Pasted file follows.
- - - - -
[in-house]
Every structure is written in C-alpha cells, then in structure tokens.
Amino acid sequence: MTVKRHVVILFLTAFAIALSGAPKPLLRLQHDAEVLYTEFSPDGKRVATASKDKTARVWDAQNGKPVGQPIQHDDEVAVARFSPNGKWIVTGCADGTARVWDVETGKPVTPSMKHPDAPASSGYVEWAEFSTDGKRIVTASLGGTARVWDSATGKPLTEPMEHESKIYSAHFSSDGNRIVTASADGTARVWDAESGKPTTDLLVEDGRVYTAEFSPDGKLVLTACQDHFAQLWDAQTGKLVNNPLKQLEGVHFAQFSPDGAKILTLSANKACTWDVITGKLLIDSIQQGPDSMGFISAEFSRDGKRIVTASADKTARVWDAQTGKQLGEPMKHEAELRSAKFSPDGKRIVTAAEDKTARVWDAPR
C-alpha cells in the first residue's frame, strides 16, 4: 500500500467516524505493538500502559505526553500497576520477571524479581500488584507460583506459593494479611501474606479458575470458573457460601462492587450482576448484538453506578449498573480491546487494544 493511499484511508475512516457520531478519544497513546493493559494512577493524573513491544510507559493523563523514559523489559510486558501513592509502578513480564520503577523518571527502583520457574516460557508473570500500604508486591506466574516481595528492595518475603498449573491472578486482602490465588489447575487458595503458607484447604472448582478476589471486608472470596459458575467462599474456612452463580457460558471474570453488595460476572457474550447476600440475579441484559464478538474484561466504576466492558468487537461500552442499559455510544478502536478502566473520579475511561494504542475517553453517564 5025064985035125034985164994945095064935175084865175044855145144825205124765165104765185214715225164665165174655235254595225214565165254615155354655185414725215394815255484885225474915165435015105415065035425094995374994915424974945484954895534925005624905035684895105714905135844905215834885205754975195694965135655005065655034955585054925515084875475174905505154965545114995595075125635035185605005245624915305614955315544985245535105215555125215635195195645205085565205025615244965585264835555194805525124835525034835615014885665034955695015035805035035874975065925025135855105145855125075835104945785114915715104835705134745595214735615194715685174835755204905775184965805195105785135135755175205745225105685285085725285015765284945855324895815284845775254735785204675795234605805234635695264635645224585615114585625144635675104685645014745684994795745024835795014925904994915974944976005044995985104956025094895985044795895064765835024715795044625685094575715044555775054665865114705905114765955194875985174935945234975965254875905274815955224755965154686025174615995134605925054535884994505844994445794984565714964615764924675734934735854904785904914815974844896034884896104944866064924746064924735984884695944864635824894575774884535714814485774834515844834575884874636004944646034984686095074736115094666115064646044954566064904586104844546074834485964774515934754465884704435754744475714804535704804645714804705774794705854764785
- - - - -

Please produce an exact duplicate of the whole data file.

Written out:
[in-house]
Every structure is written in C-alpha cells, then in structure tokens.
Amino acid sequence: MTVKRHVVILFLTAFAIALSGAPKPLLRLQHDAEVLYTEFSPDGKRVATASKDKTARVWDAQNGKPVGQPIQHDDEVAVARFSPNGKWIVTGCADGTARVWDVETGKPVTPSMKHPDAPASSGYVEWAEFSTDGKRIVTASLGGTARVWDSATGKPLTEPMEHESKIYSAHFSSDGNRIVTASADGTARVWDAESGKPTTDLLVEDGRVYTAEFSPDGKLVLTACQDHFAQLWDAQTGKLVNNPLKQLEGVHFAQFSPDGAKILTLSANKACTWDVITGKLLIDSIQQGPDSMGFISAEFSRDGKRIVTASADKTARVWDAQTGKQLGEPMKHEAELRSAKFSPDGKRIVTAAEDKTARVWDAPR
C-alpha cells in the first residue's frame, strides 16, 4: 500500500467516524505493538500502559505526553500497576520477571524479581500488584507460583506459593494479611501474606479458575470458573457460601462492587450482576448484538453506578449498573480491546487494544 493511499484511508475512516457520531478519544497513546493493559494512577493524573513491544510507559493523563523514559523489559510486558501513592509502578513480564520503577523518571527502583520457574516460557508473570500500604508486591506466574516481595528492595518475603498449573491472578486482602490465588489447575487458595503458607484447604472448582478476589471486608472470596459458575467462599474456612452463580457460558471474570453488595460476572457474550447476600440475579441484559464478538474484561466504576466492558468487537461500552442499559455510544478502536478502566473520579475511561494504542475517553453517564 5025064985035125034985164994945095064935175084865175044855145144825205124765165104765185214715225164665165174655235254595225214565165254615155354655185414725215394815255484885225474915165435015105415065035425094995374994915424974945484954895534925005624905035684895105714905135844905215834885205754975195694965135655005065655034955585054925515084875475174905505154965545114995595075125635035185605005245624915305614955315544985245535105215555125215635195195645205085565205025615244965585264835555194805525124835525034835615014885665034955695015035805035035874975065925025135855105145855125075835104945785114915715104835705134745595214735615194715685174835755204905775184965805195105785135135755175205745225105685285085725285015765284945855324895815284845775254735785204675795234605805234635695264635645224585615114585625144635675104685645014745684994795745024835795014925904994915974944976005044995985104956025094895985044795895064765835024715795044625685094575715044555775054665865114705905114765955194875985174935945234975965254875905274815955224755965154686025174615995134605925054535884994505844994445794984565714964615764924675734934735854904785904914815974844896034884896104944866064924746064924735984884695944864635824894575774884535714814485774834515844834575884874636004944646034984686095074736115094666115064646044954566064904586104844546074834485964774515934754465884704435754744475714804535704804645714804705774794705854764785